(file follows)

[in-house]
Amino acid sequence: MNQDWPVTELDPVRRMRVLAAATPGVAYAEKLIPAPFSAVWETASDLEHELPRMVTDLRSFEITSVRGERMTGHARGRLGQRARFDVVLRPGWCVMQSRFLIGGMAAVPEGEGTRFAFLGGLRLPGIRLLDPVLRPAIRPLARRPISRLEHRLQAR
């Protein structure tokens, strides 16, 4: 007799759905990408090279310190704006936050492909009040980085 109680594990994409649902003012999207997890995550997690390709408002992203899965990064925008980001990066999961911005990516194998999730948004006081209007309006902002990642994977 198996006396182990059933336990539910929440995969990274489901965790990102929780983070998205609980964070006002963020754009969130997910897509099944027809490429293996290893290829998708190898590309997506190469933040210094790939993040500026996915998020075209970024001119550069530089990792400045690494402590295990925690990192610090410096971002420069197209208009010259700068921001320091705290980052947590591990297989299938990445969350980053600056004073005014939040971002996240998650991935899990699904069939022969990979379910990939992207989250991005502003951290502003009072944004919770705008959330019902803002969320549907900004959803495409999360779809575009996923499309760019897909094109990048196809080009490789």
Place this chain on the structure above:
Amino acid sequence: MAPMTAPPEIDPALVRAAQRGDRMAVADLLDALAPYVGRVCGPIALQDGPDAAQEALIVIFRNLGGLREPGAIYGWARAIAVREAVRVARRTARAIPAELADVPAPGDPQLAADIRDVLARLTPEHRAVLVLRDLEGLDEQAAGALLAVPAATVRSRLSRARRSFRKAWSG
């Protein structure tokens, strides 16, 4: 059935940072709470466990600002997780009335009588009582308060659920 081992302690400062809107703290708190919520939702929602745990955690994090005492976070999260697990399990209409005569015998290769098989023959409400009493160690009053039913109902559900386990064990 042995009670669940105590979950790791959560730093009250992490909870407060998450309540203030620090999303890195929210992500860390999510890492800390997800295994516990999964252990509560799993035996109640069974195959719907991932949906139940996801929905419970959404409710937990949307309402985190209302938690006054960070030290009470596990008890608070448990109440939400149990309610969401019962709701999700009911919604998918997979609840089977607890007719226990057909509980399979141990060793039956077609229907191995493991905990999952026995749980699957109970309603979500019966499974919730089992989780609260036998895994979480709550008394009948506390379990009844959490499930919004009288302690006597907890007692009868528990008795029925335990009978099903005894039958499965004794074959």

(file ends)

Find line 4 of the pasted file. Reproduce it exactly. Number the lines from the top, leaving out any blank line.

Place this chain on the structure above: